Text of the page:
Affluent analysts who oppose Trump, though, have a way of taking a systemic view when examining social woes but viewing their place on the political continuum as a triumph of individual character. Most of them presumably inherited their political bent, just like most of those in “red” America did. If you were handed liberalism, give yourself no pats on the back for your vote against Trump.

Spare, too, the condescending argument that disaffected Democrats who joined Republican ranks in recent decades are “voting against their own best interests,” undemocratic in its implication that a large swath of America isn’t mentally fit to cast a ballot.

Whoever remains on Trump’s side as stories concerning his treatment of women, racism and other dangers continue to unfurl gets no pass from me for any reason. They are capable of voting, and they own their decisions. Let’s be aware of our class biases, though, as we discern who “they” are.

Journalist? Then the chances are you’re not blue collar

A recent print-edition New York Times cutline described a Kentucky man:

“Mitch Hedges, who farms cattle and welds coal-mining equipment. He expects to lose his job in six months, but does not support Mr Trump, who he says is ‘an idiot.’”

This made me cheer for the rare spotlight on a member of the white working class who doesn’t support Trump. It also made me laugh – one can’t “farm cattle”. One farms crops, and one raises livestock. It’s sometimes hard for a journalist who has done both to take the New York Times seriously.

The main reason that national media outlets have a blind spot in matters of class is the lack of socioeconomic diversity within their ranks. Few people born to deprivation end up working in newsrooms or publishing books. So few, in fact, that this former laborer has found cause to shift her entire writing career to talk specifically about class in a wealth-privileged industry, much as journalists of color find themselves talking about race in a whiteness-privileged one.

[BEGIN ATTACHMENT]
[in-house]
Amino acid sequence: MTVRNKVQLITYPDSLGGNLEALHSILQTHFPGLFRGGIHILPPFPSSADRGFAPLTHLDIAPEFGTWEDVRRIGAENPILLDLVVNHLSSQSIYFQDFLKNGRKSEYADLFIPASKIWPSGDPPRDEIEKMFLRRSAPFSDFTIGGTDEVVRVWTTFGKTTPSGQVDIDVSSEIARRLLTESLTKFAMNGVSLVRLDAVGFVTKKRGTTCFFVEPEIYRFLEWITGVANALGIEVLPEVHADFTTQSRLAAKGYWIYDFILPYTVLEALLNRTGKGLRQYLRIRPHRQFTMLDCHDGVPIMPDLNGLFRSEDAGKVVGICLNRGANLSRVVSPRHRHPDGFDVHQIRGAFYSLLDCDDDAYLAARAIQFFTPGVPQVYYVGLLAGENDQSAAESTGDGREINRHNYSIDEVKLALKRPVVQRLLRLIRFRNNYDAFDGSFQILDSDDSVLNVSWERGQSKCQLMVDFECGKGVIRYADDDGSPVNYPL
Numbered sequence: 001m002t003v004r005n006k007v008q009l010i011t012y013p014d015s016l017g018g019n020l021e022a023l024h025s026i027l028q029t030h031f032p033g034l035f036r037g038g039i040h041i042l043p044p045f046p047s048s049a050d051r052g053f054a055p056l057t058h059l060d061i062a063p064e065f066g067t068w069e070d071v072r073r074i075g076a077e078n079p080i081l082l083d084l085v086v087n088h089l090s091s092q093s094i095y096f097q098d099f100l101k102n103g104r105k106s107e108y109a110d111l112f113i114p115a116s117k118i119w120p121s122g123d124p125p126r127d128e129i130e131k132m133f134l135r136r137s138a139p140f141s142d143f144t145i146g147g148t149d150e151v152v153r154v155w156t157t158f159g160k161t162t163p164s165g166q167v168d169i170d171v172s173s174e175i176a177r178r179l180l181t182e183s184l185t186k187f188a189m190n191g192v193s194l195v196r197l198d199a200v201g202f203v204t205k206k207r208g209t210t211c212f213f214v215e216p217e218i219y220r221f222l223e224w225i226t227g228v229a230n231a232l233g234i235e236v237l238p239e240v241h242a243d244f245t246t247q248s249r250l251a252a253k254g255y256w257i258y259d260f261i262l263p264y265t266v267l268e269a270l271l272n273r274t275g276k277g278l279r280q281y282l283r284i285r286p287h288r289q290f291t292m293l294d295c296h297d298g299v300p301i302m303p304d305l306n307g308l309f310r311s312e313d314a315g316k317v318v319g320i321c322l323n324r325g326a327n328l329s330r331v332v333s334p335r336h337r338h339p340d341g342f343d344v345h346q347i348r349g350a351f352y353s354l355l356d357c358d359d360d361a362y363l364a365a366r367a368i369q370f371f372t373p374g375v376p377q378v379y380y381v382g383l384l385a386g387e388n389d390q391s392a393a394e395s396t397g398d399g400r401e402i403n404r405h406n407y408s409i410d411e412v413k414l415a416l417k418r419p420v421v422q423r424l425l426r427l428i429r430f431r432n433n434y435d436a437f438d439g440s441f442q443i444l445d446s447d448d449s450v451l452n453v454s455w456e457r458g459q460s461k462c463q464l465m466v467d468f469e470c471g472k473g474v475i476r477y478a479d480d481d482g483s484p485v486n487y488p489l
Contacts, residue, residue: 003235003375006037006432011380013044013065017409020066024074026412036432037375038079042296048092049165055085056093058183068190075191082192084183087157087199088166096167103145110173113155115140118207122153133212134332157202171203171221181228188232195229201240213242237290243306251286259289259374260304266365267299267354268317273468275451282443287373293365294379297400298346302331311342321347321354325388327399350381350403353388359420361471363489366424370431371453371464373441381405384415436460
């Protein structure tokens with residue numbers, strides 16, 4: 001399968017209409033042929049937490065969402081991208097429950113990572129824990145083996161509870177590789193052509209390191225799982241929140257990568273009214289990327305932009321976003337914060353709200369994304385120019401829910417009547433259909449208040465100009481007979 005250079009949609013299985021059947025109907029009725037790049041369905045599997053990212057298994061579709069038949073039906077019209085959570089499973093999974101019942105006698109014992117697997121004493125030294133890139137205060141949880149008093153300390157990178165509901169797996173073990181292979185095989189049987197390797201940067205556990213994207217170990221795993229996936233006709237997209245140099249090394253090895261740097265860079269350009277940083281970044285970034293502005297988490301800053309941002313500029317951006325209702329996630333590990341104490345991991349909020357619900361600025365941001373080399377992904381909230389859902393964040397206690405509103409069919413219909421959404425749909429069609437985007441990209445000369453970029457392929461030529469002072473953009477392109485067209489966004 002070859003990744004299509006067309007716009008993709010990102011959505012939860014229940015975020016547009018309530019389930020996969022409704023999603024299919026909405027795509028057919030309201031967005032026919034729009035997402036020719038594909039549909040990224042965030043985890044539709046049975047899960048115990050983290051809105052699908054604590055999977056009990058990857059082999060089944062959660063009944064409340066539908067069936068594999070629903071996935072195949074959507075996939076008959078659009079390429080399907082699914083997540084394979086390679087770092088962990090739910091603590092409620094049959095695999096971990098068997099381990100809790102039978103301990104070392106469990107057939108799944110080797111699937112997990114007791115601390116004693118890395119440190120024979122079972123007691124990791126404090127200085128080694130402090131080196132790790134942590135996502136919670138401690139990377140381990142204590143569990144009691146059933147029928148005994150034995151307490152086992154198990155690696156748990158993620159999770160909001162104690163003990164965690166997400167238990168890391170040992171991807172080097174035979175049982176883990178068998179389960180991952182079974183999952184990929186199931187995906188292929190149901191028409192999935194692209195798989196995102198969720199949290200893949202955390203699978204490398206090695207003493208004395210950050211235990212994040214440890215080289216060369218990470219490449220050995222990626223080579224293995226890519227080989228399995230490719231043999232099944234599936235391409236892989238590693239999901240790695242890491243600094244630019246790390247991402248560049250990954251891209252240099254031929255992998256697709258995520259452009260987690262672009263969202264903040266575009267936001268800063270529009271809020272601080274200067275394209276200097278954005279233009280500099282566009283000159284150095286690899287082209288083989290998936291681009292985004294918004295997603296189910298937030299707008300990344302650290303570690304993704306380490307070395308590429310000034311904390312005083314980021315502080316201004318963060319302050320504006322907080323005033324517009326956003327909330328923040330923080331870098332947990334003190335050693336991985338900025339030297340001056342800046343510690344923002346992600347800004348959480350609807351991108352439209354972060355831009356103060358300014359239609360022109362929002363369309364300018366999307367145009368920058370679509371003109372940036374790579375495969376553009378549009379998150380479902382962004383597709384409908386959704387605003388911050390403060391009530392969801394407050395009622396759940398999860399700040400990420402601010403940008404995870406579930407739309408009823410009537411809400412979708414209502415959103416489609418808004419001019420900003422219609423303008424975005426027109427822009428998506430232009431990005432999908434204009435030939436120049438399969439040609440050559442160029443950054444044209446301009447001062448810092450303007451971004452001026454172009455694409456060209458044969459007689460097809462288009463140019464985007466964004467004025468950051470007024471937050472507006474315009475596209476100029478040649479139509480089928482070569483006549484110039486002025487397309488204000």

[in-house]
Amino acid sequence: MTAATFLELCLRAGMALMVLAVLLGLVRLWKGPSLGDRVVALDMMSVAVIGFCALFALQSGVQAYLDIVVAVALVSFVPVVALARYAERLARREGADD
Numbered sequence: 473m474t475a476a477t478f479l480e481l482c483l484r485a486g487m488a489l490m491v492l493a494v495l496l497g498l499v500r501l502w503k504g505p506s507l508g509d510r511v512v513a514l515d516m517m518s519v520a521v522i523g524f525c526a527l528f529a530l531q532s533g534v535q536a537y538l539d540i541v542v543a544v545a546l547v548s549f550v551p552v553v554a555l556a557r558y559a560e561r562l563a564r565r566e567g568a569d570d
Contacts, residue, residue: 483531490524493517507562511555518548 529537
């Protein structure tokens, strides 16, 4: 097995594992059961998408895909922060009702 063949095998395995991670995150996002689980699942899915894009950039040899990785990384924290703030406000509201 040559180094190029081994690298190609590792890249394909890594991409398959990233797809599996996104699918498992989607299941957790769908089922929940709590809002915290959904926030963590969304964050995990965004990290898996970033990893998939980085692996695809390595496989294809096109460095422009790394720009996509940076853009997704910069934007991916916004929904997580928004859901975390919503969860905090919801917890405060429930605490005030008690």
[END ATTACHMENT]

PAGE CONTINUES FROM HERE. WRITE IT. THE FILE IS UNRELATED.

This isn’t to say that one must reside among a given group or place to do it justice, of course, as good muckrakers and commentators have shown for the past century and beyond. See On the Media’s fine new series on poverty, the second episode of which includes Gladstone’s reflection that “the poor are no more monolithic than the rest of us.”

I know journalists to be hard-working people who want to get the story right, and I’m resistant to rote condemnations of “the media”. The classism of cable-news hosts merely reflects the classism of privileged America in general. It’s everywhere, from tweets describing Trump voters as inbred hillbillies to a Democratic campaign platform that didn’t bother with a specific anti-poverty platform until a month out from the general election.